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On View> Metropolitan Museum Presents “Ken Price: A Retrospective” Through September 22
Ken Price’s colorful, sensual ceramic sculptures have always posed the question as to whether they are art or craft. But the blur may also include the architectonic. His signature forms—cups and eggs—set up a tension between exterior and interior. New York Times art critic Roberta Smith has written: "Their forms oscillated between the biomorphic and the geometric, the geological and the architectural." Price’s friend, Frank Gehry, designed the installation of the exhibition, Ken Price Sculpture: A Retrospective, currently on view at the Metropolitan Museum of Art through September 22. He lives with Price’s ceramics, his first purchase being a cup festooned with snails. Gehry wrote of Price’s work, "They were like buildings." He cited a cup with a twisted piece at the top, and sees the similarity to his California Aerospace Museum, 1982-84, featuring an airplane jutting out of the structure. "I think the similarity of form was totally unconscious. Now I think a lot of architects must have been looking at those cups…the relationships are amazing." The relationship was probably both ways. The catalogue makes compelling visual analogies between Price’s Untitled (Slate Cup) from 1972-77 with Frank Lloyd Wright’s Fallingwater; the blocky orange flats perched on yellow sides of Hawaiian from 1980, are compared with cliffside pueblo dwelling (both have small dark cutout “windows” set into rectangles) as well as OMA’s Seattle Public Library. Think of the openings into his sculptural forms, whether small or large, as the mysterious entrance to a darkened, monumental temple. With Price, scale is relative—Price quoted artist Joseph Cornell, whose boxes he admired: “Tiny is the last refuge of the enormous.” Ken Price Sculpture: A Retrospective on view at the Metropolitan Museum of Art, 1000 Fifth Ave., through September 22.
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Carry a Piece of the Minneapolis Metrodome Wherever You Go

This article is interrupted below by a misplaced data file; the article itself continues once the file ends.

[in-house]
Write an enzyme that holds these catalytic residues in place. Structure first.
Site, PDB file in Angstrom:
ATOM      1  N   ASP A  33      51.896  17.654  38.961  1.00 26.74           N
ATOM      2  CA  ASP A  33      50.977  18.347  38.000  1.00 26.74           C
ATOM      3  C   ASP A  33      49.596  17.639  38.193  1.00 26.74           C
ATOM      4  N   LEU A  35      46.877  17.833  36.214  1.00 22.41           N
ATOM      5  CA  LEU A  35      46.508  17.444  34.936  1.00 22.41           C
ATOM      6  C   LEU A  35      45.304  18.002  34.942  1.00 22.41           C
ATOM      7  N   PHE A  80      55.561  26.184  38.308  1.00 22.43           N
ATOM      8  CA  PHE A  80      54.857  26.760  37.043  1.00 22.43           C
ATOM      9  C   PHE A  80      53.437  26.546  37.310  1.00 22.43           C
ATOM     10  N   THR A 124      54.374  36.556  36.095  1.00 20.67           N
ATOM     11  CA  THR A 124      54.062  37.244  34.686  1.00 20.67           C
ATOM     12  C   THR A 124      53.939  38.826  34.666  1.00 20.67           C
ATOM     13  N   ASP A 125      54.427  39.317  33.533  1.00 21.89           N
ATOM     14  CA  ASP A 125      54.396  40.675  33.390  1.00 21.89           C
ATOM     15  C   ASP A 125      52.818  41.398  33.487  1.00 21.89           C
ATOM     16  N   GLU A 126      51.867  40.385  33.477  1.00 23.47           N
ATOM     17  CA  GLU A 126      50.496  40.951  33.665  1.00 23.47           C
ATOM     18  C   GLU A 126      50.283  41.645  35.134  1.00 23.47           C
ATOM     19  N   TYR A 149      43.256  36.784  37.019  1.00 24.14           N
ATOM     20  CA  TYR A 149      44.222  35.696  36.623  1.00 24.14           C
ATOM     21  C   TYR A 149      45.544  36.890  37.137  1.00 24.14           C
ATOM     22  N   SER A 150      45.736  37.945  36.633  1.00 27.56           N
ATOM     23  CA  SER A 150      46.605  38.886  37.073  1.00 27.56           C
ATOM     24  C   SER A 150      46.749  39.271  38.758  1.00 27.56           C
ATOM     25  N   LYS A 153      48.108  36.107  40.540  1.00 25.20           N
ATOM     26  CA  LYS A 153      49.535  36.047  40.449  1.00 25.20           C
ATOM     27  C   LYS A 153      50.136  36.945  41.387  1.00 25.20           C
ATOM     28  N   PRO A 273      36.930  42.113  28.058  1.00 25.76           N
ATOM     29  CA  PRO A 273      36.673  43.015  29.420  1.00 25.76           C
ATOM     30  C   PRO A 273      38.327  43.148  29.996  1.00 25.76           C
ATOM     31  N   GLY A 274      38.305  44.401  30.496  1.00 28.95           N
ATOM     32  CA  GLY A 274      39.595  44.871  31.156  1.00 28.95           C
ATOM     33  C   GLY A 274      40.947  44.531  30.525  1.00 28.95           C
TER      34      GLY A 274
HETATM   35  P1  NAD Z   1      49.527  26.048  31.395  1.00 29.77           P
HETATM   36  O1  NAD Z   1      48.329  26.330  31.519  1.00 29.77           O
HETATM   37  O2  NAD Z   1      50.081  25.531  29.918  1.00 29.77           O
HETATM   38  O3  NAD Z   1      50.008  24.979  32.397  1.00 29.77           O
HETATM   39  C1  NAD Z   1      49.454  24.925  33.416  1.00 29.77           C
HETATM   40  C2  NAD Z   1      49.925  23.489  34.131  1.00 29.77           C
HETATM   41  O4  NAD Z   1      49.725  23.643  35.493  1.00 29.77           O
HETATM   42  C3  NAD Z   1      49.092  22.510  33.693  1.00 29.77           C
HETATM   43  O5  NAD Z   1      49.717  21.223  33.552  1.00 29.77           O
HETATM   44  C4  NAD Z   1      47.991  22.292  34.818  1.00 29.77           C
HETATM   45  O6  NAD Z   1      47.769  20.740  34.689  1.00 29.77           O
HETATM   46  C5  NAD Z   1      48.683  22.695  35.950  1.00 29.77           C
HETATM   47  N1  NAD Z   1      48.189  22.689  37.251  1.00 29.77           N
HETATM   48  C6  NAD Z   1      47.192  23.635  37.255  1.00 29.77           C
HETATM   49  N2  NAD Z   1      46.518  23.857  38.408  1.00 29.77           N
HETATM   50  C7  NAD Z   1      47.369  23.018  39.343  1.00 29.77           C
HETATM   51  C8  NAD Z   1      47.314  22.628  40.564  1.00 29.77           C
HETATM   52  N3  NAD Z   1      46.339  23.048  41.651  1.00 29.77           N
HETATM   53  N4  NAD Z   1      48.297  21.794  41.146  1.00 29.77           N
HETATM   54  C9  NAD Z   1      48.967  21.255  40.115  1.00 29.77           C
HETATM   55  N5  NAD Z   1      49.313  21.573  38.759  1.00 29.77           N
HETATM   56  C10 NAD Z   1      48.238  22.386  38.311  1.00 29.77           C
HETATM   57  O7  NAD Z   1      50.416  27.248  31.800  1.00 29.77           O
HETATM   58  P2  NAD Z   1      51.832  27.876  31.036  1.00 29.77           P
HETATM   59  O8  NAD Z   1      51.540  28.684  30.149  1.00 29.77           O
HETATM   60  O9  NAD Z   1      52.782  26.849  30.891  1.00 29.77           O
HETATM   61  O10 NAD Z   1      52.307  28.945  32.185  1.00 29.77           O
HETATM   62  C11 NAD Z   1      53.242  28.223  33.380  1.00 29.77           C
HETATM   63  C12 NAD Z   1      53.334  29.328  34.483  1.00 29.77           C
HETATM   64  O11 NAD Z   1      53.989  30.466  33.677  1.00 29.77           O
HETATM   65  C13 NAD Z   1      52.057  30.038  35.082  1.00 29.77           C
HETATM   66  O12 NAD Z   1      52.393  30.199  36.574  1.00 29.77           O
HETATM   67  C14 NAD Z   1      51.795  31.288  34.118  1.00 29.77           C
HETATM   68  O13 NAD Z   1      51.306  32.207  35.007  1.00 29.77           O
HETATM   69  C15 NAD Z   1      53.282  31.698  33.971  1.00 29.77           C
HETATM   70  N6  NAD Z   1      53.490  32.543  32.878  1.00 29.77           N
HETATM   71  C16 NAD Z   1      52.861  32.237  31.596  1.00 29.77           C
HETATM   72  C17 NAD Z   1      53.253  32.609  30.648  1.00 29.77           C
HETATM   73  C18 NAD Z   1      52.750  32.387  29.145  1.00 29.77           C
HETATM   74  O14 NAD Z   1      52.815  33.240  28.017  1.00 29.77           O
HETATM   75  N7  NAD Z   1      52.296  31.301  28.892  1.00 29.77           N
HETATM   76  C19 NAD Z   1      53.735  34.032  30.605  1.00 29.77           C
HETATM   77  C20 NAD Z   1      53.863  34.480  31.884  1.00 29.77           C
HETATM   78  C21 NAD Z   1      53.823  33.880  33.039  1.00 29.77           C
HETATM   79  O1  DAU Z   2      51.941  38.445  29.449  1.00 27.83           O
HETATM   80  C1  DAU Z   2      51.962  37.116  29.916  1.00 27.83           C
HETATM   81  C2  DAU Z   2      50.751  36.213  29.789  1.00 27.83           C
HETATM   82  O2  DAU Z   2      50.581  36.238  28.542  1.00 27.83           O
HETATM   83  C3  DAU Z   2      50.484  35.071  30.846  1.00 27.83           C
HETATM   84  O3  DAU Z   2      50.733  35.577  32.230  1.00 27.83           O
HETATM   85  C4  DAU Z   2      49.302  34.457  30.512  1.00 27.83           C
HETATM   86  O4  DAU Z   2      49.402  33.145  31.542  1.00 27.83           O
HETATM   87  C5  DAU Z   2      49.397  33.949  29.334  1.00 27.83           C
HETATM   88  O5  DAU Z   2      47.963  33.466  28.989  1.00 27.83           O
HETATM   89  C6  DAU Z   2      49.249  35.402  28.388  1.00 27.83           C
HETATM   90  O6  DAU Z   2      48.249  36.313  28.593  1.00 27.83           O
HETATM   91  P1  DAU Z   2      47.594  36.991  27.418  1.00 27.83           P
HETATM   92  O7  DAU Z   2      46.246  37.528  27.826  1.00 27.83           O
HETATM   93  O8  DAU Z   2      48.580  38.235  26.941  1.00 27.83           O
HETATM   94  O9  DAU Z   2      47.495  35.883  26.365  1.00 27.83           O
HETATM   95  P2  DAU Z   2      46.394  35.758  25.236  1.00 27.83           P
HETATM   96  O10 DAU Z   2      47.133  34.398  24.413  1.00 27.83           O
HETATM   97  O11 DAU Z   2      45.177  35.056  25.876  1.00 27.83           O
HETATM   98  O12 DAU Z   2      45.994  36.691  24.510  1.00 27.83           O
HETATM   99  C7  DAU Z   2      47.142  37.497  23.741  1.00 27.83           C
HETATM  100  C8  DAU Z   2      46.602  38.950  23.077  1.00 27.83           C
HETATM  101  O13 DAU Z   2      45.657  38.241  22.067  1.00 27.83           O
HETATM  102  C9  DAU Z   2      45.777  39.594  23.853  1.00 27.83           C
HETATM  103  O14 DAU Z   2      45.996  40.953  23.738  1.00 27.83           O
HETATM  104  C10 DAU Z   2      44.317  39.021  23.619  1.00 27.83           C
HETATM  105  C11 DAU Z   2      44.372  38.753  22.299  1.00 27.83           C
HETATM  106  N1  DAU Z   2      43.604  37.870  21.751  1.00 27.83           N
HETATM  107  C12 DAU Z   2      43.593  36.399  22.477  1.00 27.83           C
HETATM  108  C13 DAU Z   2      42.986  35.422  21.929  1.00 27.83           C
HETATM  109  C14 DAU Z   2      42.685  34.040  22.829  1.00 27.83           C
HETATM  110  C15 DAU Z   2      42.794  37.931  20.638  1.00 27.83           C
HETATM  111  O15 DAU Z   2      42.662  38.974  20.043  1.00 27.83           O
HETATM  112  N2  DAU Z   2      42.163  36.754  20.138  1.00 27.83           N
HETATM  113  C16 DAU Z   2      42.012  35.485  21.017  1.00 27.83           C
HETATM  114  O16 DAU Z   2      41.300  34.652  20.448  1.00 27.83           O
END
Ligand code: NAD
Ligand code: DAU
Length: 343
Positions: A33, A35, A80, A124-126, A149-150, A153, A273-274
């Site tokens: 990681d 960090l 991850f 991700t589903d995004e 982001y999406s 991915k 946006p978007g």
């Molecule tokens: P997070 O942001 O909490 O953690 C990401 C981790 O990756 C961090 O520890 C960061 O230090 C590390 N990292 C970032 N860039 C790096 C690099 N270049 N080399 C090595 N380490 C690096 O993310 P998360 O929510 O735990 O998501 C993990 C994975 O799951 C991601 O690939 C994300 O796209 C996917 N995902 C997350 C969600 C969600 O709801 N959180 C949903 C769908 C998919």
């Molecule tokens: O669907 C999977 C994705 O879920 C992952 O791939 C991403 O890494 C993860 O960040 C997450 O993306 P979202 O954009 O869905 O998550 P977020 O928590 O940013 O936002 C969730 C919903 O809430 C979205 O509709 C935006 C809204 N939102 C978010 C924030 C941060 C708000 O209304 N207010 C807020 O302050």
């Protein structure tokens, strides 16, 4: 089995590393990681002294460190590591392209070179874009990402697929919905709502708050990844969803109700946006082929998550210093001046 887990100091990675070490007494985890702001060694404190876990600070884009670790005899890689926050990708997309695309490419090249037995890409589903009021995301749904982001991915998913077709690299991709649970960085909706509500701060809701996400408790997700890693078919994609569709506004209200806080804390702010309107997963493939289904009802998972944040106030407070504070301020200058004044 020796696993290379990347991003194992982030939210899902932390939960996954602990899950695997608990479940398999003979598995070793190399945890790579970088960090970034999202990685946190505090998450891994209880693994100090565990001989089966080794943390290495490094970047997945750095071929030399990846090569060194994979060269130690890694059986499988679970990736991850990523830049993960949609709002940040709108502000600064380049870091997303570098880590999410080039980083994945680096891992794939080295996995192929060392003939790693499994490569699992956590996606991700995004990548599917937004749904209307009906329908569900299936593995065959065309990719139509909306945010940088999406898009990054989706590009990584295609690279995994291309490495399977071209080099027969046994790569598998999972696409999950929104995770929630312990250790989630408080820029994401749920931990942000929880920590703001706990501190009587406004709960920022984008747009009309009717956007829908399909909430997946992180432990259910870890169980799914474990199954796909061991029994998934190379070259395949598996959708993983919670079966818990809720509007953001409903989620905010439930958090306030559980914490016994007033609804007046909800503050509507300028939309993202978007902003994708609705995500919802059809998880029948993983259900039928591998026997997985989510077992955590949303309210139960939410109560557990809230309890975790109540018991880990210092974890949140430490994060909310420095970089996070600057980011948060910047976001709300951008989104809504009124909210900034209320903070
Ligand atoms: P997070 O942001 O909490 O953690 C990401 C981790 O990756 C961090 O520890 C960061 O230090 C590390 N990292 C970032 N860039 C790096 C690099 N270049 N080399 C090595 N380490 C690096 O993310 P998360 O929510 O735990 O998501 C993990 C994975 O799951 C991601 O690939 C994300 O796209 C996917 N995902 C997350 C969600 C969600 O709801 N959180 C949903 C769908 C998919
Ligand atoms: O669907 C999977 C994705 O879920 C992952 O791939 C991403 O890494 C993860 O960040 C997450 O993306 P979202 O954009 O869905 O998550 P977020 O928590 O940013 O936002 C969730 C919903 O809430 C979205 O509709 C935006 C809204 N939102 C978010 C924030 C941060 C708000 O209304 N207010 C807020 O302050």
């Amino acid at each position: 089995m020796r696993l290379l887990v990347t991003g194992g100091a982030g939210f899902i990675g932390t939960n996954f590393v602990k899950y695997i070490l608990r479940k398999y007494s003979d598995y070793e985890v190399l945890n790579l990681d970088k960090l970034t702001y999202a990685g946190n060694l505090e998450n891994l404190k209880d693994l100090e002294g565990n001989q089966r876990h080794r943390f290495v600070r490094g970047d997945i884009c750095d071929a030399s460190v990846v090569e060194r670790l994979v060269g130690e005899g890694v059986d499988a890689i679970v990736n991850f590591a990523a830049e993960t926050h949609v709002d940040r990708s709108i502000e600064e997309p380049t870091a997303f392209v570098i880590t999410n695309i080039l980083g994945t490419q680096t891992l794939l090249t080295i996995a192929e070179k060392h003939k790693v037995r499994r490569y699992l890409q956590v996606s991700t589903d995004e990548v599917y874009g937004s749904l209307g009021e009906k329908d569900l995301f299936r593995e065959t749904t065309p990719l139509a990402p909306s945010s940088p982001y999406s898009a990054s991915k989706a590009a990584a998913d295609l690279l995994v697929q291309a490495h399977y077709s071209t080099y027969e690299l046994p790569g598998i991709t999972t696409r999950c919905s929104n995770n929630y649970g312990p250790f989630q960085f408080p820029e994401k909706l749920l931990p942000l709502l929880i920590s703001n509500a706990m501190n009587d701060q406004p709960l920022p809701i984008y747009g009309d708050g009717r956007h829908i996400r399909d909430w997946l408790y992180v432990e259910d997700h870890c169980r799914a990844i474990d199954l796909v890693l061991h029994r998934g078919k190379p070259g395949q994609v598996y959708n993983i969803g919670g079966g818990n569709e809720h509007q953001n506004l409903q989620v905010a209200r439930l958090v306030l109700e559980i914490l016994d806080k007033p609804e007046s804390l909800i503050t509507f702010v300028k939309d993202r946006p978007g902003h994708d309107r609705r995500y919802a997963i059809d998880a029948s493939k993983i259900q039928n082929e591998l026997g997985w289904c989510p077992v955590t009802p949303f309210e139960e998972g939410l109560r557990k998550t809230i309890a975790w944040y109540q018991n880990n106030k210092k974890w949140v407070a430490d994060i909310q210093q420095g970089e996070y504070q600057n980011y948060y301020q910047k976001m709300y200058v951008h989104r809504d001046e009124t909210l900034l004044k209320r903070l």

What's sure to become the ultimate tailgating accessory for Minneapolis Vikings football fans this year has hit the market at the Minnesota State Fair. Thanks to Duluth Pack, makers of bags and tents, the collapsed roof of the Minneapolis Metrodome has been reborn as a duffel and shell bag, appropriately part of the "Domer" collection. The stadium's white fabric dome collapsed in 2010 under the weight of Minneapolis' plentiful snow, the fourth time such an event has occurred. The torn remnants of the roof were put up for sale and businessmen, Jim Cunningham and Tim O’Phelan, picked up the inner of two layers of the roof on a "total whim" for $4,000, according to the Duluth News Tribune. The roof's outer layer was sold to farmers to cover their fields and a small portion went to sports fans looking for a momento. After a few years in storage, the three-acre inner layer of the Teflon-coated fiberglass covering has been cleaned and sliced into panels for the limited edition bags. Cunningham and O'Phelan approached Duluth Pack realizing the material's rugged potential. "You can’t rip it. It’s waterproof. It’s kind of like the materials Duluth Pack uses," O'Phelan told the News Tribune. If you can't make it to the Minnesota State Fair, the bags are also offered for sale online at Duluth Pack's website. Bags range in price from $160 to nearly $500. Minneapolis is currently moving forward with plans for a dramatic new Vikings stadium designed by architecture firm HKS. AN recently sat down for a Q+A with the architect working on the project, Bryan Trubey. [H/T Ballpark Digest.]
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Snøhetta to Design Metro Station in Riyadh, Saudi Arabia